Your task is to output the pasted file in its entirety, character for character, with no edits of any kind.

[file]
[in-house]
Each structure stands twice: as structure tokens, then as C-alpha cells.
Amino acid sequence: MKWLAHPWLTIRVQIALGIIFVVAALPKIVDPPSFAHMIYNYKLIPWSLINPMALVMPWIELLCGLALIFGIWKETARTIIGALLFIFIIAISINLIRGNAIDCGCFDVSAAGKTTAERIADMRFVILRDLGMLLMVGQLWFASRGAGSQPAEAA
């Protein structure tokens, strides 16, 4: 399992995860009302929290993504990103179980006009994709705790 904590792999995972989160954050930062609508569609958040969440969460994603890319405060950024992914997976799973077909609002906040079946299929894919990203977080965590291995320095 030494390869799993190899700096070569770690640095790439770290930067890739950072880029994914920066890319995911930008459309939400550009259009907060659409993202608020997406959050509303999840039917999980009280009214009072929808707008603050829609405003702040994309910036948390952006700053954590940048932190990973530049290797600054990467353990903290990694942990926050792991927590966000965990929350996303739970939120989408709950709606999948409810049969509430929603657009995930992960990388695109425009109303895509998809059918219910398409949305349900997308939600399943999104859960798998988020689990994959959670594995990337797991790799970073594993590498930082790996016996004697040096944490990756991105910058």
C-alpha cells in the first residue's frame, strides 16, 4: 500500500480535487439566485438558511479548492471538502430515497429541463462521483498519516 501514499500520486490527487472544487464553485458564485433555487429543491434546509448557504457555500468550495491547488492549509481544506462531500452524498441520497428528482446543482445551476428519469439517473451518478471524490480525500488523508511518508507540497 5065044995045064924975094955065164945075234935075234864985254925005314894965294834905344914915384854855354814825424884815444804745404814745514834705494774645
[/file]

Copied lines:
[in-house]
Each structure stands twice: as structure tokens, then as C-alpha cells.
Amino acid sequence: MKWLAHPWLTIRVQIALGIIFVVAALPKIVDPPSFAHMIYNYKLIPWSLINPMALVMPWIELLCGLALIFGIWKETARTIIGALLFIFIIAISINLIRGNAIDCGCFDVSAAGKTTAERIADMRFVILRDLGMLLMVGQLWFASRGAGSQPAEAA
């Protein structure tokens, strides 16, 4: 399992995860009302929290993504990103179980006009994709705790 904590792999995972989160954050930062609508569609958040969440969460994603890319405060950024992914997976799973077909609002906040079946299929894919990203977080965590291995320095 030494390869799993190899700096070569770690640095790439770290930067890739950072880029994914920066890319995911930008459309939400550009259009907060659409993202608020997406959050509303999840039917999980009280009214009072929808707008603050829609405003702040994309910036948390952006700053954590940048932190990973530049290797600054990467353990903290990694942990926050792991927590966000965990929350996303739970939120989408709950709606999948409810049969509430929603657009995930992960990388695109425009109303895509998809059918219910398409949305349900997308939600399943999104859960798998988020689990994959959670594995990337797991790799970073594993590498930082790996016996004697040096944490990756991105910058």
C-alpha cells in the first residue's frame, strides 16, 4: 500500500480535487439566485438558511479548492471538502430515497429541463462521483498519516 501514499500520486490527487472544487464553485458564485433555487429543491434546509448557504457555500468550495491547488492549509481544506462531500452524498441520497428528482446543482445551476428519469439517473451518478471524490480525500488523508511518508507540497 5065044995045064924975094955065164945075234935075234864985254925005314894965294834905344914915384854855354814825424884815444804745404814745514834705494774645